Now as then, which category an autistic person falls into in terms of official diagnosis is based on the pattern of the person’s speech acquisition, their general level of intelligence, and other pieces of clinically pertinent information given by the autistic person or their family and informed by early childhood symptoms. Significant but rarely discussed is the additional deciding component in the diagnosis: the discretion of the diagnostician and her or his level of familiarity with autism spectrum disorders. When I finally sought a diagnosis, it took a great deal of research to find a physician experienced enough to make the accurate assessment I needed.
Many people with Asperger’s Syndrome are not only cognitively intact but are actually gifted intellectually. Many have intelligence quotients in the very superior range. Autistic people in this category often use their profound intellectual capacities and acute memory skills to learn coping strategies that help them blend in. Because high-functioning autistic people may be invisible in this way, old stereotypes are reinforced, putting these people in an impossible position: if you can learn to interact socially, go to college, hold a job, and have a relationship, you can’t possibly be autistic. Not only the public but even professionals who study autism are blind to the pain and cost, the silent desperation and continued psychological struggles that high-functioning autistics undergo every single day.
Many people, again lay and professional alike, believe that all people with autism are by definition incapable of communicating, that they do not experience emotions, and that they cannot care about other people or the world around them. My experience, both personally and with others like me, is that in many cases quite the opposite is true. A significant number of autistic people who care deeply about all manner of things, and are profoundly emotional about them, share these capabilities in the privacy of their journals, diaries, and poetry. They do not show them to the world, which is too intense and often too destructive or, worse, dismissive. They do not show them to professionals, whose beliefs about the abilities of autistic people and the power they wield over their clients sometimes make them too frightening to challenge. They do not even show them to one another. And so a vast resource of knowledge about the diversity and beauty of autism rests on countless pages, like layers of archaeology, covered with the dust of fear.
Since I had the gorillas to help me, I was able to circumvent my problems and attain a Ph.D. I have a couple of friends and some treasured colleagues within my Weld. I have a family–a partner and a son. But even with my experience with the gorillas, I am still a person with a neurological dis/order, and like others, I have been forced to carefully cover and compensate, so that it takes other people a while to notice that I have profound difficulties–another factor that often delays diagnosis.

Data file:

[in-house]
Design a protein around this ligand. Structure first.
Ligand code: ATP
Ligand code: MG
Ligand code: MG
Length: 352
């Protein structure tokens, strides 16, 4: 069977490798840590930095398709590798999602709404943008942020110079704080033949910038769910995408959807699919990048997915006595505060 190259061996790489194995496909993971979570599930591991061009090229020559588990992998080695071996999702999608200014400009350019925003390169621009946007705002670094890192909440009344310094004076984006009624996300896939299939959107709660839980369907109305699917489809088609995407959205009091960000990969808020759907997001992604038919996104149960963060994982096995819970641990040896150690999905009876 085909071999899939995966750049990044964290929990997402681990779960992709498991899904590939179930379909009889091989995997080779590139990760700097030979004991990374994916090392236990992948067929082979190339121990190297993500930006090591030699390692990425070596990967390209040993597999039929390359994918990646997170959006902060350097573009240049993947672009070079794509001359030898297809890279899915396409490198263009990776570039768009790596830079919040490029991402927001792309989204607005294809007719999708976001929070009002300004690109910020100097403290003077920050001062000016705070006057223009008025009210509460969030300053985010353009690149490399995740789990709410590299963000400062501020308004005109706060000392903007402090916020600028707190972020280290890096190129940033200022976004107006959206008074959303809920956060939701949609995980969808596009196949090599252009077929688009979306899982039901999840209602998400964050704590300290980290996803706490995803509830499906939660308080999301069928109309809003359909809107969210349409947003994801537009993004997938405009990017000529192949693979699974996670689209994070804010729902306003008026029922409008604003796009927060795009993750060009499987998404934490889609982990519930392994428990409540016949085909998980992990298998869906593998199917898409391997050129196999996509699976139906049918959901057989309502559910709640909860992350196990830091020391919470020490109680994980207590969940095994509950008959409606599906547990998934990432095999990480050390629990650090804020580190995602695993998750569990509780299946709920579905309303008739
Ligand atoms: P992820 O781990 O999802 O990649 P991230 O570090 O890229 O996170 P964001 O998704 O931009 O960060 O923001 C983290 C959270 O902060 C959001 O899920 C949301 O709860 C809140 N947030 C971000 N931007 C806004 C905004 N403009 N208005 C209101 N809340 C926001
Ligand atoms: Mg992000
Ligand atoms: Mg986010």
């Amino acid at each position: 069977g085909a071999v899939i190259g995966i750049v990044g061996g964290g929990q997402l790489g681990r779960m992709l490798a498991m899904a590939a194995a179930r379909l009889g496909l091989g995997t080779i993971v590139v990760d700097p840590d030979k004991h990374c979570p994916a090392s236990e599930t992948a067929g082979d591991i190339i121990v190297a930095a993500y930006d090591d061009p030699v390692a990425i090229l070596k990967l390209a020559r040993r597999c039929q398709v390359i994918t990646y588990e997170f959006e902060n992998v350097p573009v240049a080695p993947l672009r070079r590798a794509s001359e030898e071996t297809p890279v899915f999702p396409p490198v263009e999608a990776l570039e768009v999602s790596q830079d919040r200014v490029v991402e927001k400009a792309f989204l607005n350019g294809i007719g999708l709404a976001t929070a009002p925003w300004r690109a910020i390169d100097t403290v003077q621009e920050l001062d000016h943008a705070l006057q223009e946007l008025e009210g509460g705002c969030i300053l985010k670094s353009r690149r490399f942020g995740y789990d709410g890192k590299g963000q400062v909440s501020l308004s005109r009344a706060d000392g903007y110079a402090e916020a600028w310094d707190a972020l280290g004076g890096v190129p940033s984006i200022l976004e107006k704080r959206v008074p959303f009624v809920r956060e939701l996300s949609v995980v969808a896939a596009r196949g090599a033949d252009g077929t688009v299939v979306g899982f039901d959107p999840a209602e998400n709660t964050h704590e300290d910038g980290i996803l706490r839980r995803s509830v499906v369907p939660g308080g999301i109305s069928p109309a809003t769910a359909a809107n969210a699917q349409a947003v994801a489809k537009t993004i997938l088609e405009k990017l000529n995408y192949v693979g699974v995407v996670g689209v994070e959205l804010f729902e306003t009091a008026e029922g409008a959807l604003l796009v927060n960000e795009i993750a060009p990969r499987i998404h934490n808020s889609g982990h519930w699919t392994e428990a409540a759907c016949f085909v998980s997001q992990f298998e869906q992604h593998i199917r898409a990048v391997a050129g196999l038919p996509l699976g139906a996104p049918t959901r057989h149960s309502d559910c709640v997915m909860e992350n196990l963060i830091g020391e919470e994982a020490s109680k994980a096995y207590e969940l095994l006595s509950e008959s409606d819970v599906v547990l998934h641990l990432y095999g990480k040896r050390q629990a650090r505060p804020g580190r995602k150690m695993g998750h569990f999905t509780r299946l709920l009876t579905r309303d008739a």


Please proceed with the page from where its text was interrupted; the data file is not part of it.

This strategy, so often employed by high-functioning autistic people, seems to be more successful with age. But all the autistic people I know (including myself) report that the strategy isn’t perfect and never hides our uniqueness completely. Like others who seek to be what they are not, we invariably end up with secondary problems engendered by chronic anxiety. As rage and frustration are pushed below our consciousness, we suffer depression. Somatic difficulties like stomachaches and headaches and other ailments can be chronic as a result of unrelenting anxiety and the repression of coping mechanisms while trying to fit in. Painful memories of past failures to be normal, and mounting evidence of our inadequacies, our failed attempts to “fit in,” dog us. Comfort comes, oddly enough, in the form of increasing compulsions and a fierce rigidity that may cover the trail leading back to their causes. By the time a high-functioning adult seeks help–and most do not–the accretion of secondary psychological problems and the exacerbation of certain autistic features are so tangled that initial misdiagnosis, like my own, seems unavoidable.
This phenomenon is made worse by our tendency, as we grow older, to try to push our painful memories aside. Our parents may do the same. This is an unfortunate reality, because accurate memories of an autistic person’s childhood and the histories of our symptoms are the very key to an accurate diagnosis. Only after an accurate diagnosis of autism is made can a person begin to understand why they are the way they are and why they always have been this way; only then can they begin to heal from the past and accept the gifts they offer the future.
The restoration of spirit that I achieved through belonging–first with the gorillas, and then to a group of people like myself at long last–is no different for autistic people than it is for all other people who need companionship. It is this sense of companionship that validates one’s experience from afar. It is crucial for our sense of well-being and the awakening of our potential. But it is also, after this kind of healing, essential for our emergence as individuals.
I am an individual. I am different, for reasons germane to the phenomenon of autism and reasons mundane. All that is in between and at both ends have made my life. Within these pages, an archaeology cleared of dust and fear, I talk about this life. It is the archaeology of a culture of one.